The entire history of CSIR-CGCRI’s evolution against an ever-changing backdrop of emerging India makes a fascinating study in learning how the institution was conceived, nurtured and guided to grow into a mammoth S&T structure underpinning, to a greater or lesser extent, almost all of modern India’s S&T ventures in the field of glass and ceramics.
In the very early days, import substitution was the watchword. CGCRI developed boron-free enamels, signal glasses for railways, chemical porcelain, ceramics components of automobile spark plugs, hot face insulation bricks, selenium-free red glass for bangles, lead and boron free glazes, glasses for glass to metal seals, glass electrodes for pH meters, partial substitution of cobalt oxide in making blue coloured bottles, autoclave plaster of Paris and lithium chemicals from indigenous lepidolite.
It is clear that from making glass for delicate bangles, to glass that could shield from radiation; from dental porcelain to porcelain spark plugs, the newly-created institute straddled many spheres; the linking thread being the motto of service to the nation.
Major economic benefit was reaped by the new nation from the heat insulating bricks made from waste mica that was used to replace imported diatomite product. Indigenous zircon sand was used to make opacifiers for ceramic glazes. The cost of opaque glazes was also reduced to less than one-third by using indigenous opacifiers and reducing the lead content of glaze. This was of immeasurable profit for village potters who made red clay pottery
An outstanding achievement was the development of neodymium-doped laser glass rods which were used to make sophisticated range-finders. CGCRI contributed tremendously towards developing dental porcelain, which was not made in India at that time. The range of specialty glass made by CSIR-CGCRI is large and includes the following.
Atomic radiation shielding glass: Polished and transparent glass with very high lead content that could prevent harmful atomic radiation from passing through it was developed very early in the institute’s history. Over the decades, CSIR-CGCRI has mastered the science behind the making of Radiation Shielding Glass (RSG). It is India’s only indigenous source of RSG.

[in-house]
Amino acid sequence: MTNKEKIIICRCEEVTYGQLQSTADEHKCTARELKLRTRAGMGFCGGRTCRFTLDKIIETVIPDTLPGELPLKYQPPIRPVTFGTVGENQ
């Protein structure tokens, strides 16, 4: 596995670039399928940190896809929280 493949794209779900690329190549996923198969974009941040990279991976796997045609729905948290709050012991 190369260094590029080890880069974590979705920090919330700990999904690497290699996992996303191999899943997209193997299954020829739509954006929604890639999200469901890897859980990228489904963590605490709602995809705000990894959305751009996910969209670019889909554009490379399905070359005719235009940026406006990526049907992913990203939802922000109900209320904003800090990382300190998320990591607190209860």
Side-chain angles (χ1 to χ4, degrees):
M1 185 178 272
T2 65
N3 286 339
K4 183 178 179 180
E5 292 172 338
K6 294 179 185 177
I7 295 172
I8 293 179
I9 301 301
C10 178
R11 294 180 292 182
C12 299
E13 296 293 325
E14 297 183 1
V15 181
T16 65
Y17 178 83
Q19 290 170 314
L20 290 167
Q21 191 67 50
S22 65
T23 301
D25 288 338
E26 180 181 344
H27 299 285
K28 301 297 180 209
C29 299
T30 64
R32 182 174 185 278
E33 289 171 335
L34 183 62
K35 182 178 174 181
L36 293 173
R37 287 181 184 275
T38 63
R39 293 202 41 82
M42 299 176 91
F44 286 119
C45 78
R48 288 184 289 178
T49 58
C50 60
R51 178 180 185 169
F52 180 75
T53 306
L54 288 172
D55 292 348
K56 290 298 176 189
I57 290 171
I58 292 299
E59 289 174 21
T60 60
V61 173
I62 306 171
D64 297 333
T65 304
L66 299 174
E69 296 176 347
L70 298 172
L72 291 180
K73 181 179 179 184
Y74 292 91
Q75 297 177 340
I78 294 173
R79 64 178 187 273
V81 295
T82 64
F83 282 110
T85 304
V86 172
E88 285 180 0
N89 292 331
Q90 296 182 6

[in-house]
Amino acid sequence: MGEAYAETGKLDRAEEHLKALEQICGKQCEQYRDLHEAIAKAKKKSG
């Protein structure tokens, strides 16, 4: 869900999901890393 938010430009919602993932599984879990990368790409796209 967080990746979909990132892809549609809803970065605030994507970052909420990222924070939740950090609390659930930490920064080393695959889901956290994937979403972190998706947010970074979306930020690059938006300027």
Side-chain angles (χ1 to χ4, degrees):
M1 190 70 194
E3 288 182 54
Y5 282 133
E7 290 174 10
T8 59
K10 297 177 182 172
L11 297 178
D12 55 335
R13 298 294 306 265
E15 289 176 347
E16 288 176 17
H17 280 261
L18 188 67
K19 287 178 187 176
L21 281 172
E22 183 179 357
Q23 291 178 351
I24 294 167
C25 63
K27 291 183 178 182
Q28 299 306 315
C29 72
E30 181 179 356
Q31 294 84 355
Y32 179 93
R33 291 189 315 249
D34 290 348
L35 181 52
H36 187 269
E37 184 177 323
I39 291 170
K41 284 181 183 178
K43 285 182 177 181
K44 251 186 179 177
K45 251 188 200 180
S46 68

Infra-red transmitting glass: This is required by the Defence Sector for use in vehicle headlights/searchlights. This glass cuts off visible light but allows invisible heat radiations to pass. It is invaluable to spot the enemy- positions in the dark without revealing one’s own position.
Glasses for glass to metal seals: These glasses were entirely imported till CSIR-CGCRI developed a technology that used nickel–cobalt ferrous alloy (Kovar alloy) and Tungsten to develop an indigenous version.
Foam glass or Multi-cellular glass: This glass is as light as cork and is a very efficient low-temperature thermal insulator. It finds use in the petrochemical and fertilizer industries, cold storage facilities and for thermal insulation of hot/cold pipes etc. Secrecy shrouded its manufacture as countries with know-how guarded information closely. CSIR CGCRI used indigenous materials as well as an in-house production process to develop this type of glass that compares very favourably to international brand names.
Chemically toughened glass: This is a special boron-free alumina-silicate glass, developed by CSIR-CGCRI. It melts at around 1450ºC and has high resistance to thermal shock and chemical attack. It is particularly suitable for making laboratory glassware, ovenware, lantern chimney and other items which are usually subjected to chemical/mechanical and thermal shock during use.
Laser glass: Two-types of Laser-glass viz. Silicate and Phosphate (Neodymium doped) were developed at CSIR-CGCRI for use in the strategic sector.
Bioglasses/Glass-ceramics: Bioglass was one of the first completely synthetic materials that had bio-compatibility and osteogenic capacity. CSIR-CGCRI is one of the few institutes that possesses the technology to produce such glass.
Glass-reinforced Gypsum: CSIR-CGCRI developed Glass-reinforced gypsum to serve as a substitute for wood used in housing projects. This low cost composite material can be used to make doors, windows, furniture, partitions and ceilings; thus lessening the load on swiftly depleting natural resources.
Plasma Display Panel (PDP): This consists of two glass plates separated by a gap of about 130 µm filled with inert gas mixture which can emit UV photons. CSIR-CGCRI was successful in its attempt to develop environment-friendly, cost-effective, lead-free transparent dielectric glass powders and pasted for PDP.
Ultra Low expansion Translucent Glass (ULET): These glasses have almost zero thermal expansion over a wide thermal range and have excellent thermal shock resistance. CSIR-CGCRI has developed technology to make ULET.
The list is a never-ending one. For more detailed information: Science and Technology of Glass and Ceramics – A CSIR Story
Glimpses of the Past
Last Updated on January 17, 2020